But Bryant isn’t the only player on the team without long-term assurances. Here are a look at a handful of Dallas’ players who are in the final year of their deals as well.

POTENTIAL 2016 FREE AGENTS

POSITION PLAYER
2015 HIT
LIKELIHOOD

DT

TYRONE CRAWFORD

$828K

High

Crawford moved over to the Under Tackle position as the season progressed last year, in his first as a 4-3 defender. His training camp injury as a sophomore robbed him of the transition a year earlier, but he more than held his own in 2014. Drafted as a 3-4 defensive end, the 3-technique suited him so well, Dallas eventually started kicking out free agent signee Henry Melton to defensive end instead of Crawford. Tyrone had 41 total pressures and 21 defensive stops for the team last year, earning the highest defensive grades (overall and pass rush) on the team according to Pro Football Focus. It’s expected that with a full offseason of work at 3T, Tyrone should blossom even more as his combination of size speed and rush techniques lead to greater things.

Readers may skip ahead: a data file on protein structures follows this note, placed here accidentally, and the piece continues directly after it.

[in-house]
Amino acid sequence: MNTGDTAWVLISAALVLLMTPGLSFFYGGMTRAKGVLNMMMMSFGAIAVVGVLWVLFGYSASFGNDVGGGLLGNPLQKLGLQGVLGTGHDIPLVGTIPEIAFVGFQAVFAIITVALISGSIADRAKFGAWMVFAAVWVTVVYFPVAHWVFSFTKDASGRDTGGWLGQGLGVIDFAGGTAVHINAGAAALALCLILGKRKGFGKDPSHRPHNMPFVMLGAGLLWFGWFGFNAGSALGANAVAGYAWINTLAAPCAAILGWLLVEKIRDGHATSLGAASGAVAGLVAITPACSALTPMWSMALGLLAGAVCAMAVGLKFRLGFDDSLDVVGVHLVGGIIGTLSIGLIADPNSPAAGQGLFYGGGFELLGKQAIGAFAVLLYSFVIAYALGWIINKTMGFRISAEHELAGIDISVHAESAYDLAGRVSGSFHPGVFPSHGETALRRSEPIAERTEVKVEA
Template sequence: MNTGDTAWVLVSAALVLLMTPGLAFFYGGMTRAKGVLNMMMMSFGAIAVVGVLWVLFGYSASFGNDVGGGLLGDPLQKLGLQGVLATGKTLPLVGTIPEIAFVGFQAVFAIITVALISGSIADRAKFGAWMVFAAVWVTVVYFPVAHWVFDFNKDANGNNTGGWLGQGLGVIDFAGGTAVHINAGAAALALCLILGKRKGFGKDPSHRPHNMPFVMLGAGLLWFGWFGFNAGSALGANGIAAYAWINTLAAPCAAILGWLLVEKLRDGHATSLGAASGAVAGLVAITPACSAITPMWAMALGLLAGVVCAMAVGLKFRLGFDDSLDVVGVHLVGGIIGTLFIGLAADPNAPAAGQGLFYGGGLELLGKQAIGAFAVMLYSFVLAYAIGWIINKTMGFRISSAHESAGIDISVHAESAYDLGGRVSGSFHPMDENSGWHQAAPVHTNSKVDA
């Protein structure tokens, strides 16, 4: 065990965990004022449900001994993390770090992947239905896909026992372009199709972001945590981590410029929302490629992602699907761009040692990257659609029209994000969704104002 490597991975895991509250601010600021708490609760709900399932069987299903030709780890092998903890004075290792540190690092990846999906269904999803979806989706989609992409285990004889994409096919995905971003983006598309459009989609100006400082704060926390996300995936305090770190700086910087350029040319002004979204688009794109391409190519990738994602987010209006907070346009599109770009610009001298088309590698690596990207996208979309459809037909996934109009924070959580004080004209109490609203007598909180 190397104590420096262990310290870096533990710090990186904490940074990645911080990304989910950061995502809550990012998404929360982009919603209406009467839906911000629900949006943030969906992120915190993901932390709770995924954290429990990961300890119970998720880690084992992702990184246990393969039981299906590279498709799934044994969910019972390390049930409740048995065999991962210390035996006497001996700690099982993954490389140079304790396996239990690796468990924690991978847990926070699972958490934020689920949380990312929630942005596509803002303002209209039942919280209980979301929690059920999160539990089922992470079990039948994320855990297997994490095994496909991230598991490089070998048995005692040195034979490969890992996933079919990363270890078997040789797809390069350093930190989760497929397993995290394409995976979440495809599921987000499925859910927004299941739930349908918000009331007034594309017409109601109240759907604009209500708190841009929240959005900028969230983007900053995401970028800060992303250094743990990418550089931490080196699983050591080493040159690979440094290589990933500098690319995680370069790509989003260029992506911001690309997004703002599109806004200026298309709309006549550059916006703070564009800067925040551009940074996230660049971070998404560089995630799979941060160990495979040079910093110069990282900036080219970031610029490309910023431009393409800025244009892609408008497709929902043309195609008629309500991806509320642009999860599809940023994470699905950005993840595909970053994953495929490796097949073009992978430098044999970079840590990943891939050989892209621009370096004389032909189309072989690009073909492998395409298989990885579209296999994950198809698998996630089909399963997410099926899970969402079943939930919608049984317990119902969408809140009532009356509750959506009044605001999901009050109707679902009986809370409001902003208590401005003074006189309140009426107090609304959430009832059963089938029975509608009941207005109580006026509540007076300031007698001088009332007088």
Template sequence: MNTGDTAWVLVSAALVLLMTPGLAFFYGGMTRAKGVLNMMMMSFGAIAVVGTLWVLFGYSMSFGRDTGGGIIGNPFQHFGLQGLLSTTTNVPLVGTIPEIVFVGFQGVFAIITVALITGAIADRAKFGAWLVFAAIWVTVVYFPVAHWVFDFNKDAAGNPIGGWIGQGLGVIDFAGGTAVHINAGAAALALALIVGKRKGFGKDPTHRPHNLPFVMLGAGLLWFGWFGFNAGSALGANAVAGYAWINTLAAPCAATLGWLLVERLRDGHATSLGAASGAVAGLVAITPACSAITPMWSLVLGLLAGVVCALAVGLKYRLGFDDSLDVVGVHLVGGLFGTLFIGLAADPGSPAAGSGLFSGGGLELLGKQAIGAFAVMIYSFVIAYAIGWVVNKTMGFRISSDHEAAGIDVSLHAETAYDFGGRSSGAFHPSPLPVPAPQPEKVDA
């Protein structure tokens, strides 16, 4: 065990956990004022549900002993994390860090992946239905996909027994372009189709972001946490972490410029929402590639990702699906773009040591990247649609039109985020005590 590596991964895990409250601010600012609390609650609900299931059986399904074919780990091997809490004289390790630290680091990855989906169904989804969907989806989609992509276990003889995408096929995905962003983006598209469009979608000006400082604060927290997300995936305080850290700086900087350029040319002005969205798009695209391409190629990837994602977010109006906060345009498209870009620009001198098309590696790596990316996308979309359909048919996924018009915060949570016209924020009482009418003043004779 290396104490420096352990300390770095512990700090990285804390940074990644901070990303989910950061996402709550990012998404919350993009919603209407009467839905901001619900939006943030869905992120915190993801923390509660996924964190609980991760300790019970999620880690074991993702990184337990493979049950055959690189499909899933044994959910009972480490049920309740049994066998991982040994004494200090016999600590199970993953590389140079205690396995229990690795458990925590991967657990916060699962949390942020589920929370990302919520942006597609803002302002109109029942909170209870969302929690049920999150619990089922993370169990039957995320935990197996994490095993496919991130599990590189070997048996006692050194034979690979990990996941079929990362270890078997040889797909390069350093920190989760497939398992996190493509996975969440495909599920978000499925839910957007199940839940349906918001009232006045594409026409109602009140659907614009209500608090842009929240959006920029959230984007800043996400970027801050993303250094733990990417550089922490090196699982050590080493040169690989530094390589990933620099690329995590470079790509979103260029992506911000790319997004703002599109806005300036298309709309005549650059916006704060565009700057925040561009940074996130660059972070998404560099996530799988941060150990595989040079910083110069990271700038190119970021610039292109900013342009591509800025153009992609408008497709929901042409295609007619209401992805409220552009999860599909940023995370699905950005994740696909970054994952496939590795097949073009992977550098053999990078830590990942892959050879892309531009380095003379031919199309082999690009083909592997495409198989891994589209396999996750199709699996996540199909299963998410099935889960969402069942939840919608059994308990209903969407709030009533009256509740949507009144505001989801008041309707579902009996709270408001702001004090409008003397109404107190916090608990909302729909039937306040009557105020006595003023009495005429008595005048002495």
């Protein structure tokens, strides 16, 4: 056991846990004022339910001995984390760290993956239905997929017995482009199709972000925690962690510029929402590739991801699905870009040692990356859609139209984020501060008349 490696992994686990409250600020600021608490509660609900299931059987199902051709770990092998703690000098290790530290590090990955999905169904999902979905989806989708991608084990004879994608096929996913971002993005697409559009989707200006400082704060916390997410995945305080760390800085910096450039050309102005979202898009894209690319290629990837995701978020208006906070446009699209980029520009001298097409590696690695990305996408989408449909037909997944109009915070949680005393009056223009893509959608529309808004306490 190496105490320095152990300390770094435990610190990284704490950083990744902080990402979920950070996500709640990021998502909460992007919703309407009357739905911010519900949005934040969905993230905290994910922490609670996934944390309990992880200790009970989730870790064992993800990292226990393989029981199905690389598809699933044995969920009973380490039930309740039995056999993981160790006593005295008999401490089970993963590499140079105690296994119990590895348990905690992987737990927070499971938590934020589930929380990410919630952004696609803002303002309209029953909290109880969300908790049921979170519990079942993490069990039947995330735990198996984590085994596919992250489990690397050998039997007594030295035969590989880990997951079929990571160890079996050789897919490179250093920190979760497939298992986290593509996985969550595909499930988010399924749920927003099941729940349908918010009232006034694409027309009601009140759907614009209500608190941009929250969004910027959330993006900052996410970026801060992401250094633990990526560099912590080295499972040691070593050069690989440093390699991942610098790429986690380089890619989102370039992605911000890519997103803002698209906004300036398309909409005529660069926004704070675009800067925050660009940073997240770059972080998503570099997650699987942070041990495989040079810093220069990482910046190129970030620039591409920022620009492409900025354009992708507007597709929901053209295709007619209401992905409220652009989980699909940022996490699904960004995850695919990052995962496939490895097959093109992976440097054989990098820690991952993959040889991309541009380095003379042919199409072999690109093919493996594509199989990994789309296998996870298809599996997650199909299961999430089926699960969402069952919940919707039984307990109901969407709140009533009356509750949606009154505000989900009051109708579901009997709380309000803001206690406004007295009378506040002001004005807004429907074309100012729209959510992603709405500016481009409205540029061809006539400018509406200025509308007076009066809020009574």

There will always need to be a rotation at the position, but with journeyman Terrell McClain and unproven youngsters Chris Waley and possibly Davon Coleman behind him in camp, one could easily see Dallas making a move during camp to lock Crawford up for the long-term before he drives his price up high.

POSITION PLAYER
2015 HIT
LIKELIHOOD

CB

MORRIS CLAIBORNE

$5.175M

Relatively Low

The sixth pick of the 2012 draft has moved far away from the can’t miss prospect he was during that draft season. Claiborne’s career has been marred by injury and self-doubt. The final straw occured after he was demoted due to a pathetic Week 3 performance against the Rams that coincided with the return of Orlando Scandrick from a two-game suspension. Claiborne walked out on the team briefly, just to return and suffer a gruesome leg injury in the following week’s game that ended his season. In his four years, he still has not fully participated in a single off-season program.